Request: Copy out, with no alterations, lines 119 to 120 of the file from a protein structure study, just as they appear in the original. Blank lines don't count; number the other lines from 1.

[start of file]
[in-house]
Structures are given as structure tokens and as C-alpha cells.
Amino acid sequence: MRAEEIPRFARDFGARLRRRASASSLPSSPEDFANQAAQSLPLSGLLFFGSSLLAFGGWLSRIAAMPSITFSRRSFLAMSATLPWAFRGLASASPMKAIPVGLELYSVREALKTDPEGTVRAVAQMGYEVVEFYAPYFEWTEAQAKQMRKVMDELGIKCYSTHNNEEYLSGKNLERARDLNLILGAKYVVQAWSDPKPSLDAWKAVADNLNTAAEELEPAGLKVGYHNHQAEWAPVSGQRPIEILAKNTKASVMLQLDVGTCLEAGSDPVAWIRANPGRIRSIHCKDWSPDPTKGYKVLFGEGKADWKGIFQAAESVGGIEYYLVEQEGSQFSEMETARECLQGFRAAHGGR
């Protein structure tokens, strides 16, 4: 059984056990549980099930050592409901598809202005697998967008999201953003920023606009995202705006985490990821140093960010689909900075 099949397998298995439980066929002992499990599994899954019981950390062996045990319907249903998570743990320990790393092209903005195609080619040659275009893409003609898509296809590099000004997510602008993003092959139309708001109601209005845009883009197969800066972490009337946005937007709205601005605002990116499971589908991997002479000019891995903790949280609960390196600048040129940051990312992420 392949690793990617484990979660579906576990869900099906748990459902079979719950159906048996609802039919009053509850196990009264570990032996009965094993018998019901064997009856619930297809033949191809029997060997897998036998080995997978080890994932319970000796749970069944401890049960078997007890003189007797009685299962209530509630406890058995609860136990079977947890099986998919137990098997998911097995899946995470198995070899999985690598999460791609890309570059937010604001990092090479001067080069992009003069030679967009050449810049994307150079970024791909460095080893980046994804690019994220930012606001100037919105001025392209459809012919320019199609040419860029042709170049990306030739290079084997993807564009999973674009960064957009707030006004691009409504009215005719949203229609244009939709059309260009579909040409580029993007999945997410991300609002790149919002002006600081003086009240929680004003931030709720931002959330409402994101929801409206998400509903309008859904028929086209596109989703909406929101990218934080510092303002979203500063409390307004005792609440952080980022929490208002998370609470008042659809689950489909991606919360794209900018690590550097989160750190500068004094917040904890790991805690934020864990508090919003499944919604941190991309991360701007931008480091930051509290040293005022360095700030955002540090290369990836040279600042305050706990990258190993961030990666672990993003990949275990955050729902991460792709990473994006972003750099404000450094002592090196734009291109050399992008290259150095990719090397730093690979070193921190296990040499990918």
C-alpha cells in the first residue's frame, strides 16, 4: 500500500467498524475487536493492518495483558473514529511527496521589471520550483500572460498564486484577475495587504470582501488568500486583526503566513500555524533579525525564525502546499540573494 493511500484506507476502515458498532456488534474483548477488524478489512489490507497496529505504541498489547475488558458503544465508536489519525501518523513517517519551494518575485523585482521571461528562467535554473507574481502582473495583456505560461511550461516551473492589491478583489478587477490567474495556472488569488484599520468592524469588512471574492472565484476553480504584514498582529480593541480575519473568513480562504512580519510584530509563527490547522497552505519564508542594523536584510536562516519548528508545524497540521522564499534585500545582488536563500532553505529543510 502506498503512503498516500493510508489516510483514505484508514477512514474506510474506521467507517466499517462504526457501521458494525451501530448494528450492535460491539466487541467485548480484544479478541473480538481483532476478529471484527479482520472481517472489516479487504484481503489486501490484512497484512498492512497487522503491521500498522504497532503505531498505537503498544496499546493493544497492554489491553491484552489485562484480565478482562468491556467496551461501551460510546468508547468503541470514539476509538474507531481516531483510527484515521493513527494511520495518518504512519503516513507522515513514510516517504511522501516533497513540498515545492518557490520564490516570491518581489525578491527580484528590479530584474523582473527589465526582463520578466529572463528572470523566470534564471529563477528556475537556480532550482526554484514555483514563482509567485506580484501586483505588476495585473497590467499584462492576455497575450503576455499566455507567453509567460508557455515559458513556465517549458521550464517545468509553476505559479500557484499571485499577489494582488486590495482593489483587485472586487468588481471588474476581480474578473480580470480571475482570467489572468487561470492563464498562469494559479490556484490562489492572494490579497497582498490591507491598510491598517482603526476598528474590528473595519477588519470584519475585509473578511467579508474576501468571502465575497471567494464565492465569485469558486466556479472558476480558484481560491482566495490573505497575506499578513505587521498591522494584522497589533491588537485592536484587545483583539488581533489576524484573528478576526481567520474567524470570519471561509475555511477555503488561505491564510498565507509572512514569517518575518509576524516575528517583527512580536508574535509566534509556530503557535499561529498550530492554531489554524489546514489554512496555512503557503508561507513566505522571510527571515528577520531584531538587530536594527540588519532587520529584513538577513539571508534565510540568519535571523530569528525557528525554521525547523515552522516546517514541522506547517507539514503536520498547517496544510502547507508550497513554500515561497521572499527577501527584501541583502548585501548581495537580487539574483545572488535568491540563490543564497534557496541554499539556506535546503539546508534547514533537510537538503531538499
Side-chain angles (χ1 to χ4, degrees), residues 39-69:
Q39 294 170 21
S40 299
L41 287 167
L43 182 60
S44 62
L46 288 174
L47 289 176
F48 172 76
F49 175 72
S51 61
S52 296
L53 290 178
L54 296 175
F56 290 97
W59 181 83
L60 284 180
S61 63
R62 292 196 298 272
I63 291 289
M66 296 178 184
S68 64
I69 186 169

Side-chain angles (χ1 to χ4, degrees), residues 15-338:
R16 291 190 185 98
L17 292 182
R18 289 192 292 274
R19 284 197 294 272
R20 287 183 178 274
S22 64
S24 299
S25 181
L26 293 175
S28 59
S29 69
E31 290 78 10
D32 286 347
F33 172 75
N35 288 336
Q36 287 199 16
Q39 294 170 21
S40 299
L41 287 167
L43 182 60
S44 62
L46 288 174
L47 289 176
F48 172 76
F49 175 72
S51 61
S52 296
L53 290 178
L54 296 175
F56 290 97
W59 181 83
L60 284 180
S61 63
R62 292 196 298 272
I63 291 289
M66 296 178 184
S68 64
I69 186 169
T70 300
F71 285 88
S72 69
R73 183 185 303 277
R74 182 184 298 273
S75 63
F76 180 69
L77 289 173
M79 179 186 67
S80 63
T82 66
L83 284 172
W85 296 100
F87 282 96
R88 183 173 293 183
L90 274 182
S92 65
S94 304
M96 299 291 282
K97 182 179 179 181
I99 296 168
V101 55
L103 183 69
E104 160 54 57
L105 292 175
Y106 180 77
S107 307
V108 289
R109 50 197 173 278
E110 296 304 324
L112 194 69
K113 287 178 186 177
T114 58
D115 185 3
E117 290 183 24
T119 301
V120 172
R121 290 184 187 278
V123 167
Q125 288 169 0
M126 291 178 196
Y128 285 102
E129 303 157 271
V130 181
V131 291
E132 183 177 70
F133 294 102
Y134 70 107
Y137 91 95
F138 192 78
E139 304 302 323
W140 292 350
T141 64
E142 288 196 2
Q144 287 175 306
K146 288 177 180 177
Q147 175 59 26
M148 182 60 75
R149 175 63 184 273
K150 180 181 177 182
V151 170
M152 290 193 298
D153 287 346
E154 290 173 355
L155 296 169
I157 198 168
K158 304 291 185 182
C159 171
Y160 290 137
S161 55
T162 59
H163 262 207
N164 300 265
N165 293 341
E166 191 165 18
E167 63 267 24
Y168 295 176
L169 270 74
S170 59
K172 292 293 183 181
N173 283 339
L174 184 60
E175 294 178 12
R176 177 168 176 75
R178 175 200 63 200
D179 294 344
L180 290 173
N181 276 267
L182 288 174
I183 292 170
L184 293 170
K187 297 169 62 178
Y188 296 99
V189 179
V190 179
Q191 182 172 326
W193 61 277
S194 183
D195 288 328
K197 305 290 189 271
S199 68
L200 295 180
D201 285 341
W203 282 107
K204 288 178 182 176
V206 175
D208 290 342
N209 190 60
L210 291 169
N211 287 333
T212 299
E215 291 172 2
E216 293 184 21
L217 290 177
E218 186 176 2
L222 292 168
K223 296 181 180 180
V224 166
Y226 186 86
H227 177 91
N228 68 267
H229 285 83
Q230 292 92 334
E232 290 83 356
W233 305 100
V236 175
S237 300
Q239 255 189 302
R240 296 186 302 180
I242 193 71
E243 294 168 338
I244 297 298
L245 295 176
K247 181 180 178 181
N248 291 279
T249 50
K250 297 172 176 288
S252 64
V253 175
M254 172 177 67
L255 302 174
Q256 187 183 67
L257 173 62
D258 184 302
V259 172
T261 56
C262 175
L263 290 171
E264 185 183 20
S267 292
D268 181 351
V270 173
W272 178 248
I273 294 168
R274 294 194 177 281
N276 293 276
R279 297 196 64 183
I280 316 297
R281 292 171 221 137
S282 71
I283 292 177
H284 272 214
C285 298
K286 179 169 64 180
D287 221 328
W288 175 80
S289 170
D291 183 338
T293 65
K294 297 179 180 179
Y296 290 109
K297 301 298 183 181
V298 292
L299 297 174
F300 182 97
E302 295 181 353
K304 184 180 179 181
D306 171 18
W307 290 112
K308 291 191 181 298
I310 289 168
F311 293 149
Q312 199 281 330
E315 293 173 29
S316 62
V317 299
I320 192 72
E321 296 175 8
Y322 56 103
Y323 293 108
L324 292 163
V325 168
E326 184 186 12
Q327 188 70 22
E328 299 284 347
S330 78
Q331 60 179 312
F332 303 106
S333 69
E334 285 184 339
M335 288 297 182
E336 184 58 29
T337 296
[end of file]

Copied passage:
W140 292 350
T141 64